A total of 626,894 Tennesseans voted in person or absentee during the two-week early voting period, which ended Saturday. In Wilson County, there was a nearly 50-percent higher voter turnout during early voting this year compared to 2014. A total of 17,473 voters or about 22 percent of the total voter turnout took to the polls for early voting this year compared to 11,686 in 2014, a difference of 5,787 votes. At the end of early voting in Wilson County, 777 votes separated the vote count from the total vote count in 2014, including Election Day.
In primary early voting in Wilson County, both Republican and Democrat vote counts also increased compared to 2014. More than 80 percent more Democrat votes were cast this year compared to 2014, and about 47 percent more Republican votes were cast compared to 2014.
Voters who plan to vote Thursday can download the GoVoteTN app, available in the App Store or Google Play, to view voter-specific information. Voters can find polling locations, view and mark sample ballots and more. The platform is also available at govotetn.com.
Polls will open Thursday at 7 a.m. and remain open until 7 p.m. in Wilson County.
Flexibility among voters may also help speed up the process. Midmorning and midafternoon are usually slower times at polling locations, while early morning, noon and 5 p.m. are peak times as people typically vote before work, after work or on their lunch breaks.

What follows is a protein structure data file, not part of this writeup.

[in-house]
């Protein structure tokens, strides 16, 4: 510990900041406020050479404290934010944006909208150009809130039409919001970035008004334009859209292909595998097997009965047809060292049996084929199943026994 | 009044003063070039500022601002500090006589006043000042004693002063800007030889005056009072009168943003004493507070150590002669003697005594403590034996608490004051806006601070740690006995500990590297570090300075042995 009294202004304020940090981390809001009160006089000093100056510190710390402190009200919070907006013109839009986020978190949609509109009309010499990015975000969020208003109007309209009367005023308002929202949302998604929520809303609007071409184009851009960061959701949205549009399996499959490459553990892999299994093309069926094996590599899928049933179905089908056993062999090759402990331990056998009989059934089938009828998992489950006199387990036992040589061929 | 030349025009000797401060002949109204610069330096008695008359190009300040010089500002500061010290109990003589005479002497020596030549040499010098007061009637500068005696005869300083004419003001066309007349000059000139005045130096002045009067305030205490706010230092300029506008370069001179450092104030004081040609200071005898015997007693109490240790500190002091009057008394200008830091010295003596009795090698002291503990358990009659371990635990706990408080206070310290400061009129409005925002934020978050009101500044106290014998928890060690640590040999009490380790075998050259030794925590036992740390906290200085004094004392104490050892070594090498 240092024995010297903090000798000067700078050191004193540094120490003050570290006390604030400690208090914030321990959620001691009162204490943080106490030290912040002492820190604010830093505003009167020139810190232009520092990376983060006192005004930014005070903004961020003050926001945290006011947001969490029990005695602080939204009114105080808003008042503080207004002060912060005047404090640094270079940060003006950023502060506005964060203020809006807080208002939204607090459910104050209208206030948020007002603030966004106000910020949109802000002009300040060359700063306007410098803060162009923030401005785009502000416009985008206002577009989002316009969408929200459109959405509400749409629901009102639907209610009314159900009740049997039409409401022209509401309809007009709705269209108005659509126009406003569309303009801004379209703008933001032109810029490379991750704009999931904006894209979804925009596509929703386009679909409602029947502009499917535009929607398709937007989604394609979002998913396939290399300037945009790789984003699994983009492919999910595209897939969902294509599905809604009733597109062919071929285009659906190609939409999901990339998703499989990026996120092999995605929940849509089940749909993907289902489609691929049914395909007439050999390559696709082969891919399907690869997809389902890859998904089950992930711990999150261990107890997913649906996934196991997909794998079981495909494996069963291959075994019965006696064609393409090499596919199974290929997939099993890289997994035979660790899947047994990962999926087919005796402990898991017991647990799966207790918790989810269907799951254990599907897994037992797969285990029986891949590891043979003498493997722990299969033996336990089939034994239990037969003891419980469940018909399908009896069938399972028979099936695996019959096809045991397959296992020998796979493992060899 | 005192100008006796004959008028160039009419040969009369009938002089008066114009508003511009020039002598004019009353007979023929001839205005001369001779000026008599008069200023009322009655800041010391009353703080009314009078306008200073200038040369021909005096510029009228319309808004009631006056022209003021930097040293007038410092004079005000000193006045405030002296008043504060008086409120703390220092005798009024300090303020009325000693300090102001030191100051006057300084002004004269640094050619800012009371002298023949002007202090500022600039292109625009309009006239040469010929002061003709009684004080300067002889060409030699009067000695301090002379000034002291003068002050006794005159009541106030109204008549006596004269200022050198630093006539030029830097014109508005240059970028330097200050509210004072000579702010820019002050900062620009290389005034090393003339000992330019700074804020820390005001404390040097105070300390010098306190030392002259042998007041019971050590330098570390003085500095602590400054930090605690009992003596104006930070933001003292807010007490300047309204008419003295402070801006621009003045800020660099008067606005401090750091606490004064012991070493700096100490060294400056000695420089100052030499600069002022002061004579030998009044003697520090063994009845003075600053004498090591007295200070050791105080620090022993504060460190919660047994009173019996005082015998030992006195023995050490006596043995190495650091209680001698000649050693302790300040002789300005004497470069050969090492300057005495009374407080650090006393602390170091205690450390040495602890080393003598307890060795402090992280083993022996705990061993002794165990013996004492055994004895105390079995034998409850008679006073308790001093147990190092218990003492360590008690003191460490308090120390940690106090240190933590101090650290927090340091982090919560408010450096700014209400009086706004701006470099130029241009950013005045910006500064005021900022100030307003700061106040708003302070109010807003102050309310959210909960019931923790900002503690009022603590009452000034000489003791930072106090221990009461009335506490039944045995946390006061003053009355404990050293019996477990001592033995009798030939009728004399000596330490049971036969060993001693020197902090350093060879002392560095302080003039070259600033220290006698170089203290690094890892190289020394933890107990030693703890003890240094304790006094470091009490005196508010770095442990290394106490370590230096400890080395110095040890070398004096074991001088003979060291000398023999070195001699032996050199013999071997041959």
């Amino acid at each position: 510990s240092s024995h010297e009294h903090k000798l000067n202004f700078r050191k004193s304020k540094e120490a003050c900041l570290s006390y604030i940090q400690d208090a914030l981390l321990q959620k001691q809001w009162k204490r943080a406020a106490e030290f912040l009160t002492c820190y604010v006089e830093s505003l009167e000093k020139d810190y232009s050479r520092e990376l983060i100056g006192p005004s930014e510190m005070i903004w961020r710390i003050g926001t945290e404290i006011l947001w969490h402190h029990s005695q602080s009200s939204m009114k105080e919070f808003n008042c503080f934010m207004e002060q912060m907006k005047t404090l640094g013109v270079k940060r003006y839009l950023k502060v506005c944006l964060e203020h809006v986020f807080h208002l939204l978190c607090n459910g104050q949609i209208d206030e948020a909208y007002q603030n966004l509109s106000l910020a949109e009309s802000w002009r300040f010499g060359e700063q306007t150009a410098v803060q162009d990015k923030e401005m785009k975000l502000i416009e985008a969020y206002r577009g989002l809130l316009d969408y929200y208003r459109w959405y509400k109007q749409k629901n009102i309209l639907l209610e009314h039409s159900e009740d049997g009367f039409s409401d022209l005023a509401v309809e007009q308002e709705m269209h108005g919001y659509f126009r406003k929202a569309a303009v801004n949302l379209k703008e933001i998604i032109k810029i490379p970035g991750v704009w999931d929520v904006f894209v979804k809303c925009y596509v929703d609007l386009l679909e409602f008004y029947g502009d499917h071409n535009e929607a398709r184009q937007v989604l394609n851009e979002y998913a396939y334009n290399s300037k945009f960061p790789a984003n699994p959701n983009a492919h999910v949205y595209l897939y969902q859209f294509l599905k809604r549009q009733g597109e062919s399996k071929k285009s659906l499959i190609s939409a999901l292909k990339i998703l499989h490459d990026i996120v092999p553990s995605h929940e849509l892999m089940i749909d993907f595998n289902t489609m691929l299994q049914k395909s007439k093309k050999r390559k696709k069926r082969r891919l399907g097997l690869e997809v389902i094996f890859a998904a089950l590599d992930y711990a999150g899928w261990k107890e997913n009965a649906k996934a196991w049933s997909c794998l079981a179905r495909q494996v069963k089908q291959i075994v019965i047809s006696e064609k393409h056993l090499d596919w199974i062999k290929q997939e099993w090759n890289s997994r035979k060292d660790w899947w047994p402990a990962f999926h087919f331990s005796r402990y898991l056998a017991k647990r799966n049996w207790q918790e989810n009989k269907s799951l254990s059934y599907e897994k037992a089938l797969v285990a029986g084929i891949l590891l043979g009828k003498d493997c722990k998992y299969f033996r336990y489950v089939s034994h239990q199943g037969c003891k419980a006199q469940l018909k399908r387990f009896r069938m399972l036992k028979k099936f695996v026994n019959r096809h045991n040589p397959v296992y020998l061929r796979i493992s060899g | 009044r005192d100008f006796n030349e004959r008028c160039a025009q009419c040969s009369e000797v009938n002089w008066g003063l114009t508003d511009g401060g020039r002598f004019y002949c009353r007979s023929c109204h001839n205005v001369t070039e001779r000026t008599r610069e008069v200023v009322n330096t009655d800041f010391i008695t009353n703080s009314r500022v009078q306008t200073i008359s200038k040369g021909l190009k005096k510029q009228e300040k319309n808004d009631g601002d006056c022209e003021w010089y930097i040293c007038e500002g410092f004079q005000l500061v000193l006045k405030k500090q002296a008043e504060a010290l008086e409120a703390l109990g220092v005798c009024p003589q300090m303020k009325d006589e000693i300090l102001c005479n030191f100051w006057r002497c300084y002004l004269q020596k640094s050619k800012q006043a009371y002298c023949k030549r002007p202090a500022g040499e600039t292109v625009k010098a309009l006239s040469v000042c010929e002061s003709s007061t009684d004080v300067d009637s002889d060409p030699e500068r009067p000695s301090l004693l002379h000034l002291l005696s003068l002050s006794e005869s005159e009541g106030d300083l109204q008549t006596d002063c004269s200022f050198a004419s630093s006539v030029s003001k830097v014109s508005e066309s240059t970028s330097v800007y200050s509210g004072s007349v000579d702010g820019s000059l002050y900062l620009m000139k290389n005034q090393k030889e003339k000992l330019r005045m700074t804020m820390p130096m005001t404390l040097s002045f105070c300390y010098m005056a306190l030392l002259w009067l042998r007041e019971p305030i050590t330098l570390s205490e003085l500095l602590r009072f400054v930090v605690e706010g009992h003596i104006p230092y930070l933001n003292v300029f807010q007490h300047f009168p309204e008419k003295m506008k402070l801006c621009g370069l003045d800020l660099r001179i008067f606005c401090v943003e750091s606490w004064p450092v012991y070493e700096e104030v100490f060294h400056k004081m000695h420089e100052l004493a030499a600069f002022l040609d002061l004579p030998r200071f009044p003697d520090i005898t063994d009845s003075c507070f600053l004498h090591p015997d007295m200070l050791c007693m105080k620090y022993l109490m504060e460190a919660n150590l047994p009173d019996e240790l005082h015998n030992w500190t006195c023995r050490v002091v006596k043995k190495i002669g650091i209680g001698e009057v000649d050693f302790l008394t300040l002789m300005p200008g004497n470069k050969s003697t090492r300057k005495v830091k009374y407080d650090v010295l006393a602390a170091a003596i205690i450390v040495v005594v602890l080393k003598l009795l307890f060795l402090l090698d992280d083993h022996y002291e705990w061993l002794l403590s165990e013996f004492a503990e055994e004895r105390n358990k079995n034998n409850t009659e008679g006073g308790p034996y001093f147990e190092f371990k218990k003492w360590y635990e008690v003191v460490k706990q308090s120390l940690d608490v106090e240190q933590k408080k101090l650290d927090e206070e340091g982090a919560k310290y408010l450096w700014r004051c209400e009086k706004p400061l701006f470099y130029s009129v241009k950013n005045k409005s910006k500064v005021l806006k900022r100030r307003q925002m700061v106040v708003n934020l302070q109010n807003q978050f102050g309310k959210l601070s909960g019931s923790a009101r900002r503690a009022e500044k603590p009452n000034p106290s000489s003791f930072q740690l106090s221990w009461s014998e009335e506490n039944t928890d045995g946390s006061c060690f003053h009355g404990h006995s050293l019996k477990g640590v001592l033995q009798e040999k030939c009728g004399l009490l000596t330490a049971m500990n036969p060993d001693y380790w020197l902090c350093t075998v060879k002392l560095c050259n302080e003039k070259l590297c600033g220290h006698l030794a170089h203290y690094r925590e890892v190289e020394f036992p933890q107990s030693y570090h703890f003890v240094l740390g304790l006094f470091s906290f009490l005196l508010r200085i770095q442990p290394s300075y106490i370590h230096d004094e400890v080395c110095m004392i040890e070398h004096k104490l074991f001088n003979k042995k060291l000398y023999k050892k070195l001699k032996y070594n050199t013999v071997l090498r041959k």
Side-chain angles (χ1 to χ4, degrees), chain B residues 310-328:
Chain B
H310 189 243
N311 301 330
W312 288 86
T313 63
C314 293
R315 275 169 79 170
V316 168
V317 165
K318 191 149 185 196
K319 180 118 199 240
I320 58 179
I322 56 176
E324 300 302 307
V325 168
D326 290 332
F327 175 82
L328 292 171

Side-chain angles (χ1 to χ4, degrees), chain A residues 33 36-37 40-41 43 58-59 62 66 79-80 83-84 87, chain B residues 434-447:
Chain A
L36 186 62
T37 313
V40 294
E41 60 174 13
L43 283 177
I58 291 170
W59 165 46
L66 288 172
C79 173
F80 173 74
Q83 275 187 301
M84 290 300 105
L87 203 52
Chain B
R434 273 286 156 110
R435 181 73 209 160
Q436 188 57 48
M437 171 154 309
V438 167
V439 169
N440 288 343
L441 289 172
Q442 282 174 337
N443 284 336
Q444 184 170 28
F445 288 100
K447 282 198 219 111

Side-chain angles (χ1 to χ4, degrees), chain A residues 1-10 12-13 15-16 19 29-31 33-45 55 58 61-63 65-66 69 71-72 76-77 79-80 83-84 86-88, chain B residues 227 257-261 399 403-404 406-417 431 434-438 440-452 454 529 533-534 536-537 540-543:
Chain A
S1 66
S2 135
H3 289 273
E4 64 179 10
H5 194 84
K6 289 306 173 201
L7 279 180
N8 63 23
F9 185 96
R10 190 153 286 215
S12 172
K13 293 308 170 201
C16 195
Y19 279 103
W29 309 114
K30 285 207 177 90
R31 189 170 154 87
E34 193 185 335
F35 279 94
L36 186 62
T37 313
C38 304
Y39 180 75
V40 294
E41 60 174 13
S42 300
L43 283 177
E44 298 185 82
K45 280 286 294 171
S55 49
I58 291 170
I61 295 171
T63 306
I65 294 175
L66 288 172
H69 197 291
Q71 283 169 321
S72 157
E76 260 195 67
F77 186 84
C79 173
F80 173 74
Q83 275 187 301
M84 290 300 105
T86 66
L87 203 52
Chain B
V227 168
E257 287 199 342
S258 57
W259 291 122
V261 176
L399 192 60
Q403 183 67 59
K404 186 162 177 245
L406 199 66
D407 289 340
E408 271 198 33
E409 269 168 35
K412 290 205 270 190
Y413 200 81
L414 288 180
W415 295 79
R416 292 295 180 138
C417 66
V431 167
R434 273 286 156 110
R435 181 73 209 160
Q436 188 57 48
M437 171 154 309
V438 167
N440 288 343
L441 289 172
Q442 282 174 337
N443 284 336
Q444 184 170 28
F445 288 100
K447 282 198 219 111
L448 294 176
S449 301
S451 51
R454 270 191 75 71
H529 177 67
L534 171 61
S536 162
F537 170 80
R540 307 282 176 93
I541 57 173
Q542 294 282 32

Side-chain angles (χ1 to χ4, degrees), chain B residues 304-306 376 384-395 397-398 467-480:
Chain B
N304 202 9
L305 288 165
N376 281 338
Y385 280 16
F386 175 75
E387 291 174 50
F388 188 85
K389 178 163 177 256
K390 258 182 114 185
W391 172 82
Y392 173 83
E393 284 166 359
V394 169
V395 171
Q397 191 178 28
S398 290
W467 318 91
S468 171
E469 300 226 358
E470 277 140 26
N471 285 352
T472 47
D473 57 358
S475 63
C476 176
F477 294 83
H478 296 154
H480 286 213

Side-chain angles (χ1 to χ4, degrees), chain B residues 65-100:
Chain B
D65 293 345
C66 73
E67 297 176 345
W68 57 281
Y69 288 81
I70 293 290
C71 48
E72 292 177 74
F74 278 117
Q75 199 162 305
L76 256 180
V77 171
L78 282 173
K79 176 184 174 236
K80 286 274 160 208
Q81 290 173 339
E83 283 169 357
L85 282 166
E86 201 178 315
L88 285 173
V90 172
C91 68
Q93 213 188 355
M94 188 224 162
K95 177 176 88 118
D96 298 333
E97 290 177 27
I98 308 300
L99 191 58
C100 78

Tennesseans voting on Election Day should remember to bring valid photo identification with them to the polls. A driver's license or photo identification issued by the Tennessee Department of Safety and Homeland Security, as well as photo IDs issued by Tennessee state government or the federal government are acceptable even if they are expired. College student identifications are not acceptable.
To get more information about what types of identification are acceptable, call 877-850-4959.
Unofficial election results from Thursday’s election will be posted at elections.tn.gov and at lebanondemocrat.com.
State law requires polling locations and the area within a 100-foot boundary surrounding each entrance remain campaign-free zones. Tennessee law prohibits the display or distribution of campaign materials and the solicitation of votes for or against any person, party or question on the ballot in these areas.
Frail, physically disabled or visibly pregnant voters should tell their polling officials if they are unable to wait in line to vote. The law allows them to move through the process faster.
People with questions or concerns about the voting process may visit govotetn.com or call the division of elections at 877-850-4959.